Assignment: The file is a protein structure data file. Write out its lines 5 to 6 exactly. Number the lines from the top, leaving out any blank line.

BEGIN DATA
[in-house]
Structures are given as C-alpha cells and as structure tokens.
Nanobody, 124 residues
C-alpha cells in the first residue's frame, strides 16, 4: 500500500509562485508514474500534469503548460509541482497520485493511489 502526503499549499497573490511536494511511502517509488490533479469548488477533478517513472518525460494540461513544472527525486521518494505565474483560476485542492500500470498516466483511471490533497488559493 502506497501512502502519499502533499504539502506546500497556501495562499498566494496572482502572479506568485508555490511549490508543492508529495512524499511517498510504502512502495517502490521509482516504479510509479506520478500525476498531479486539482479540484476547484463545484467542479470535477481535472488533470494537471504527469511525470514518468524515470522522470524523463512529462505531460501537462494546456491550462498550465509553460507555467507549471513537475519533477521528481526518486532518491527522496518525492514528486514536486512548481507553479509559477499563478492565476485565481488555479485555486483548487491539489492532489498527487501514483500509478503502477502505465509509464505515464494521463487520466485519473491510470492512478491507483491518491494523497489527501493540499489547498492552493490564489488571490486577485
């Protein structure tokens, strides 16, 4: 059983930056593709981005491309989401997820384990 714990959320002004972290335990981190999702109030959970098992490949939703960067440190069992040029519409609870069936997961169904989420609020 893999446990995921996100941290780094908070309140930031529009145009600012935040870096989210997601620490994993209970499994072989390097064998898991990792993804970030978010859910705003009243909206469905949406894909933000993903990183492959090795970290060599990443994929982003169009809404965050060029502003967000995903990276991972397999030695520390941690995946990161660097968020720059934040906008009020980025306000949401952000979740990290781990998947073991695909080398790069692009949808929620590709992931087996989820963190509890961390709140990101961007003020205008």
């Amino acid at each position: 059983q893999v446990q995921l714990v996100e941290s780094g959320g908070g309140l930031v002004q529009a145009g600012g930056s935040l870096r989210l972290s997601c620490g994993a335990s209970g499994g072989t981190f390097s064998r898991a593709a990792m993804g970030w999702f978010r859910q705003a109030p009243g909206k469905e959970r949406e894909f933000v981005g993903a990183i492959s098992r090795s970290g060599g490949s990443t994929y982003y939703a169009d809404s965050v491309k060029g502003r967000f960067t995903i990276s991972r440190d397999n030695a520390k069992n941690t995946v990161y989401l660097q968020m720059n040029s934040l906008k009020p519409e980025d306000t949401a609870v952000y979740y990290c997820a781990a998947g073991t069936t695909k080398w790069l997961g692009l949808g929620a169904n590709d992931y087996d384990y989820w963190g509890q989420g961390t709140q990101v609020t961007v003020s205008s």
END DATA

């Protein structure tokens, strides 16, 4: 059983930056593709981005491309989401997820384990 714990959320002004972290335990981190999702109030959970098992490949939703960067440190069992040029519409609870069936997961169904989420609020 893999446990995921996100941290780094908070309140930031529009145009600012935040870096989210997601620490994993209970499994072989390097064998898991990792993804970030978010859910705003009243909206469905949406894909933000993903990183492959090795970290060599990443994929982003169009809404965050060029502003967000995903990276991972397999030695520390941690995946990161660097968020720059934040906008009020980025306000949401952000979740990290781990998947073991695909080398790069692009949808929620590709992931087996989820963190509890961390709140990101961007003020205008």
């Amino acid at each position: 059983q893999v446990q995921l714990v996100e941290s780094g959320g908070g309140l930031v002004q529009a145009g600012g930056s935040l870096r989210l972290s997601c620490g994993a335990s209970g499994g072989t981190f390097s064998r898991a593709a990792m993804g970030w999702f978010r859910q705003a109030p009243g909206k469905e959970r949406e894909f933000v981005g993903a990183i492959s098992r090795s970290g060599g490949s990443t994929y982003y939703a169009d809404s965050v491309k060029g502003r967000f960067t995903i990276s991972r440190d397999n030695a520390k069992n941690t995946v990161y989401l660097q968020m720059n040029s934040l906008k009020p519409e980025d306000t949401a609870v952000y979740y990290c997820a781990a998947g073991t069936t695909k080398w790069l997961g692009l949808g929620a169904n590709d992931y087996d384990y989820w963190g509890q989420g961390t709140q990101v609020t961007v003020s205008s």